Stills from The Mark of Cain by Susu Laroche
"And as things fell apart, nobody paid much attention."
Recent picture taken in Gaza.
“It seems that the more I tried to make my life about the pursuit of art, the more money controlled my life: collecting unemployment insurance, the humiliation of borrowing money from friends and family, tossing and turning at night while trying to figure out how to pay the rent. To survive I had to work hard jobs and afterwards I’d feel too tired and too stressed to paint. It’s very hard to create under those circumstances. Creativity is a delicate process. Often times I wonder if I should have just pursued a career for the first half of my life, obtained some degree of financial security, and then transitioned into art.”
lol that’s what i’m doing actually
getting rich while doing something i like doing then transition into art bamfness
Dita von Teese
One thing I love about Dita’s photoshoots is that in all of them she strives to turn all stereotypes upside down. Like, when she presents herself as a 50s housewife, she doesn’t present herself as the ideal, submissive furniture woman that became the image of that generation. I mean she uses all the aesthetic elements and places herself in such a way inside the picture, that you can’t really think of her as a “powerless”, much less a piece of furniture.
And I think that this picture probably explains what Dita is all about: she is clothed, whereas the man in the picture is naked and clinging to her. We’re used to seeing clothed dudes exercising some invisible power over the naked girls that add “edginess” to the photos, men looking powerful while the women are exposed. But here it’s the other way around, and she manages to take back her ground as a woman and a human being in a way that doesn’t compromise her se appeal. She’s sexy, but she’s not being diminished to a mere sex object, unlike the boy.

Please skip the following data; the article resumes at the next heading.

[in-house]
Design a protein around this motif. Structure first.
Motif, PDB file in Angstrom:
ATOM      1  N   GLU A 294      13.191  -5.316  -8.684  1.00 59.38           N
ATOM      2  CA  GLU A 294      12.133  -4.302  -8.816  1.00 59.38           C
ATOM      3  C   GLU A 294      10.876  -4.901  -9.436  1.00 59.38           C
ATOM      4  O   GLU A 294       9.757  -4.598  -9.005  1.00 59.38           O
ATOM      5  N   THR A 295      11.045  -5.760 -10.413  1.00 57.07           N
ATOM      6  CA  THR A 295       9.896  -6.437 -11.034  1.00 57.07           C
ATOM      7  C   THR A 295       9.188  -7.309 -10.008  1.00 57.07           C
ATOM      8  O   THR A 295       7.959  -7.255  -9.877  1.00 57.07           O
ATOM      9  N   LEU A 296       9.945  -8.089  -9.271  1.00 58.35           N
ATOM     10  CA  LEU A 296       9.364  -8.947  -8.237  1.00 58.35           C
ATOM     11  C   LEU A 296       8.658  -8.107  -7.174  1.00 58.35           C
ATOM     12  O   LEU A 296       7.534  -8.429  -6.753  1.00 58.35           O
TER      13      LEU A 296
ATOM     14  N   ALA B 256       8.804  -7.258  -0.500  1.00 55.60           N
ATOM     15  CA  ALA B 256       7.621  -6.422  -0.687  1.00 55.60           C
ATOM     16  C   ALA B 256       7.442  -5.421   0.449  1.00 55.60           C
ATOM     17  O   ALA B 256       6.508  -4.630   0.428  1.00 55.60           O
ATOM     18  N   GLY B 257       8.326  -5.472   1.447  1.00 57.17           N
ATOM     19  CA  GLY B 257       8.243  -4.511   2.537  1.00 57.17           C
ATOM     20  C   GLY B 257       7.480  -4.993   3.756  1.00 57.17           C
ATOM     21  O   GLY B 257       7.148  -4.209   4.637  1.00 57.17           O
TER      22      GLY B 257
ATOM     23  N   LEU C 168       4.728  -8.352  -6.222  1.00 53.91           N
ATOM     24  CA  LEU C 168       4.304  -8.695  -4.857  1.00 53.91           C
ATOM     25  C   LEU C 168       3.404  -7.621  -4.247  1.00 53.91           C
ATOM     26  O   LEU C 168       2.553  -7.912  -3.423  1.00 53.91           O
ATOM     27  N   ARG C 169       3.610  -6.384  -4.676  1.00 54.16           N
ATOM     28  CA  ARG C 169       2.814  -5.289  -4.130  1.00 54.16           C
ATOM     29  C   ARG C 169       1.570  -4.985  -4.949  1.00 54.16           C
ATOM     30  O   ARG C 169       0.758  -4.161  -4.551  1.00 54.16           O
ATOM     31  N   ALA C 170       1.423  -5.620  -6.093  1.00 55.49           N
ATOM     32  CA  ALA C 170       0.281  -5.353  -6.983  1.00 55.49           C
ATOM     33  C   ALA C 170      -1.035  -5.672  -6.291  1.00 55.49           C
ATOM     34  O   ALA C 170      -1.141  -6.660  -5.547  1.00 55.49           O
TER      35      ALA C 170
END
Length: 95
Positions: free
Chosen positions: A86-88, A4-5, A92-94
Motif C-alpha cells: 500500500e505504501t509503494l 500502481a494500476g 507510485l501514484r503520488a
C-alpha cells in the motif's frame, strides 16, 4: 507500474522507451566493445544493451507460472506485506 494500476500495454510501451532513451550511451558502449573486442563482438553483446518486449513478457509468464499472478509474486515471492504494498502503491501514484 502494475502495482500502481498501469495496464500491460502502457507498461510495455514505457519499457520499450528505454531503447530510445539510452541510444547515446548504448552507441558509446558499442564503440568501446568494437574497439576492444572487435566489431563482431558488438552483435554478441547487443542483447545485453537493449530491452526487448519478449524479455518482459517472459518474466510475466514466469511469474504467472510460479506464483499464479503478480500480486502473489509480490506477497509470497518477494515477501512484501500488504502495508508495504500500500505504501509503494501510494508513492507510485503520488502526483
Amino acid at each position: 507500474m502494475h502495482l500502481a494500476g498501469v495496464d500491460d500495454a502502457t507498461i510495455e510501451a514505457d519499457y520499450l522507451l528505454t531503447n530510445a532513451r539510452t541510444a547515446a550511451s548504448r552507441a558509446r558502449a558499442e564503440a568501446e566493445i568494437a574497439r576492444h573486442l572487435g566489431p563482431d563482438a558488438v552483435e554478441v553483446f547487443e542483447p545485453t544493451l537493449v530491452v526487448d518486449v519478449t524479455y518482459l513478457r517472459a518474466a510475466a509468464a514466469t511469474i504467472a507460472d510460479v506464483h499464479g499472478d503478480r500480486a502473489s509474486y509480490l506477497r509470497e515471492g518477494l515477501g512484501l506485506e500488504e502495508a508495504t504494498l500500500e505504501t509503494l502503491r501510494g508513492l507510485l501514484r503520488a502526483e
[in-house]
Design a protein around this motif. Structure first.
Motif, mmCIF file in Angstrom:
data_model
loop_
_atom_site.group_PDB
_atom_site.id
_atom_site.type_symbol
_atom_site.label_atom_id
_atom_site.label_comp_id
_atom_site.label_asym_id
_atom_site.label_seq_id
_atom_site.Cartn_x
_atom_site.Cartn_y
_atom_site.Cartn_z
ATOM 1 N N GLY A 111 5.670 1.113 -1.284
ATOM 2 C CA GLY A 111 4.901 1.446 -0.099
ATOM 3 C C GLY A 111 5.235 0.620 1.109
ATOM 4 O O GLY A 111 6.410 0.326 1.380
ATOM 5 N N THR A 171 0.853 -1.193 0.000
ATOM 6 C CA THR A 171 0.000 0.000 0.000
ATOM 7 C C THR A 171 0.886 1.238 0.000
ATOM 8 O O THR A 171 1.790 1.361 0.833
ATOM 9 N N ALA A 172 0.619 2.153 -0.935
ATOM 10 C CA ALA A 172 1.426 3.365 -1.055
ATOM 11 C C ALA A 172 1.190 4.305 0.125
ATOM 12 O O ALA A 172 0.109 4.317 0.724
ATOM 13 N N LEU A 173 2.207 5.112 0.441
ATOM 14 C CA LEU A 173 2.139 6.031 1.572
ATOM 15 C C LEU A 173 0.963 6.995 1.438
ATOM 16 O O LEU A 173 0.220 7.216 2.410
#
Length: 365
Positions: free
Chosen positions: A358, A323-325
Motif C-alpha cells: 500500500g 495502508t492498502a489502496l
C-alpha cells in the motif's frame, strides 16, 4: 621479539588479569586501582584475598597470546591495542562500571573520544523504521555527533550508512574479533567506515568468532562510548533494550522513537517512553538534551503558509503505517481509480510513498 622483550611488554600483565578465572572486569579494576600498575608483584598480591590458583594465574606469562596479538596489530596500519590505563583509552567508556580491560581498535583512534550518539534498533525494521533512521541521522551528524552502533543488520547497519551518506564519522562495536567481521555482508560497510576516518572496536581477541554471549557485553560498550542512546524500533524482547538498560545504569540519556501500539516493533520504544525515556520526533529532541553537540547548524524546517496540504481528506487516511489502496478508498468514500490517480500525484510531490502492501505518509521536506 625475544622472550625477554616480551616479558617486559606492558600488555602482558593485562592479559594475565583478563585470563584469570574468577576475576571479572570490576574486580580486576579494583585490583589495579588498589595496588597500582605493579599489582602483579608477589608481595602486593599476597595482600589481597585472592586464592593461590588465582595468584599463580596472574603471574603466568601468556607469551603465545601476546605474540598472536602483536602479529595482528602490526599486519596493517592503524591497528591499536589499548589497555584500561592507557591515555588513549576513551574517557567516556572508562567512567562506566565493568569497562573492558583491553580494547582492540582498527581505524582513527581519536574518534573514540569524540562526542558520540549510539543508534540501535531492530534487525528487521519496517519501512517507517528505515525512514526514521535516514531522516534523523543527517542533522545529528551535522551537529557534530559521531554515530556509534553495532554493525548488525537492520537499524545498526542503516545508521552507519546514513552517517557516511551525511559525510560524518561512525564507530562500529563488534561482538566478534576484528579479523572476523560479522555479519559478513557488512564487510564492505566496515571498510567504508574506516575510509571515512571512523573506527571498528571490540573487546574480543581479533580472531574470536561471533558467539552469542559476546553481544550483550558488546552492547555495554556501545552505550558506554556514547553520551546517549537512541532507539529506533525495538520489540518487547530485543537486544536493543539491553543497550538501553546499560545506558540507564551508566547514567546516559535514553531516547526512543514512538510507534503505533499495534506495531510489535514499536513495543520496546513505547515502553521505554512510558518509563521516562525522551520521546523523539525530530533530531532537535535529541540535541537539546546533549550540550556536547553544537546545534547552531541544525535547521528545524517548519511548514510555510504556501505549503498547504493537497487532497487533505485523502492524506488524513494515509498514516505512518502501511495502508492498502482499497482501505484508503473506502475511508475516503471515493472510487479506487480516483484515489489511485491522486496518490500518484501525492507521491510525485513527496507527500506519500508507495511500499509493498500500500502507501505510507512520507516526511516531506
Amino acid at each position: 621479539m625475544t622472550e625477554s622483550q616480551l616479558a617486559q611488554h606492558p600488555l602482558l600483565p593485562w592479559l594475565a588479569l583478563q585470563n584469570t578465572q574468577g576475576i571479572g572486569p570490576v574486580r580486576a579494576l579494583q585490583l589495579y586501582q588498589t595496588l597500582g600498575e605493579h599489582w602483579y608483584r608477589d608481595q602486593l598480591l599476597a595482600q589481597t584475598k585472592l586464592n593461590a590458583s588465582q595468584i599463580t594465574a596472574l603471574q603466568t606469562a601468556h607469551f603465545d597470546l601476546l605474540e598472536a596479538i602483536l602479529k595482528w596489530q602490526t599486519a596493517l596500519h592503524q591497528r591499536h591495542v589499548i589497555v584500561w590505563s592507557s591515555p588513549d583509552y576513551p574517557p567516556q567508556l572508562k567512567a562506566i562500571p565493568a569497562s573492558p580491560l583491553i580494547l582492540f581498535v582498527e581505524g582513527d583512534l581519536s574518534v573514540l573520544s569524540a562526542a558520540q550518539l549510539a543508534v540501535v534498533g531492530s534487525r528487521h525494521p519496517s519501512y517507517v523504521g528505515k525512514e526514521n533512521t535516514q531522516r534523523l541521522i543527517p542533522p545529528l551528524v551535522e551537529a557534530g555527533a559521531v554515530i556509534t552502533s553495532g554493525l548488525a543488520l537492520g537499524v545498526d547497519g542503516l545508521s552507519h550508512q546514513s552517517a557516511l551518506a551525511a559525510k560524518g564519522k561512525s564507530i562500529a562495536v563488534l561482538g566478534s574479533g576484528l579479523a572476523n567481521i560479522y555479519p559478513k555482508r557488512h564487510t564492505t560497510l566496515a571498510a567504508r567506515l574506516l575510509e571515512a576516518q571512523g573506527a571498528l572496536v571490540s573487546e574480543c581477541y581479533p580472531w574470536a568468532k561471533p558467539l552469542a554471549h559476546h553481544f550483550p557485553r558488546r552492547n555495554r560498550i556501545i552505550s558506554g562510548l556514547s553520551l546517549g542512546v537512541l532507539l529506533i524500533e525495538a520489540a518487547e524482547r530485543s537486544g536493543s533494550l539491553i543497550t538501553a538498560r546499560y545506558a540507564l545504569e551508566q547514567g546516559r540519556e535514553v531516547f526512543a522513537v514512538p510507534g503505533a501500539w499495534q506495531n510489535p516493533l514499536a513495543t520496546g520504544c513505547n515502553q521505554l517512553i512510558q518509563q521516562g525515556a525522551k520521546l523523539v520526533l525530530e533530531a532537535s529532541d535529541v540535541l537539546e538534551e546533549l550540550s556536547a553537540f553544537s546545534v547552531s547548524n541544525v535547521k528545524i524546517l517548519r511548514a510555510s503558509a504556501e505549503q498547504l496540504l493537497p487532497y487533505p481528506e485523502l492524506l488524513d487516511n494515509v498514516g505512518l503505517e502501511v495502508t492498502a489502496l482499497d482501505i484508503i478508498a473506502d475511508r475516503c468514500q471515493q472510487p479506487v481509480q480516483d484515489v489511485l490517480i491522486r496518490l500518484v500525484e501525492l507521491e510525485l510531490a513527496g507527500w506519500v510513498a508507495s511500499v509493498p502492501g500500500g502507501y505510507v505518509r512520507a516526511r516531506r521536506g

Titcut Follies is a 1967 American documentary directed by Frederick Wiseman. It documented life within Bridgewater State Hospital for the criminally insane. In the documentary the horrible conditions are evident, as is the lack of dignity and care afforded to the patients. While it shows no outright physical abuse the patients were bullied and taunted by the guards, force fed, publicly stripped naked with a number of patients virtually catatonic.
However before it was scheduled to be released there was an injunction which banned the movie from being shown, as it was felt the movie violated an oral contract that stipulated producers had to give the state government editorial control. It was then decided that the documentary breached the patients right to privacy - although Wiseman argued that the restriction of the video was a vastly larger restriction of civil liberties.
In 1987 families of seven patients who died in the institution sued the hospital and state, with Steven Schwartz representing on of the inmates who had been restrained for 2 1/2 months, and was given six psychiatric drugs at unsafe levels which lead to him choking to death when he was unable to swallow his food. On the movie Schwartz claimed:
There is a direct connection between the decision not to show that film publicly and my client dying 20 years later, and a whole host of other people dying in between.
Ultimately the film was finally released in 1991 when a superior court judge decided that enough time had passed that privacy would no longer be an issue.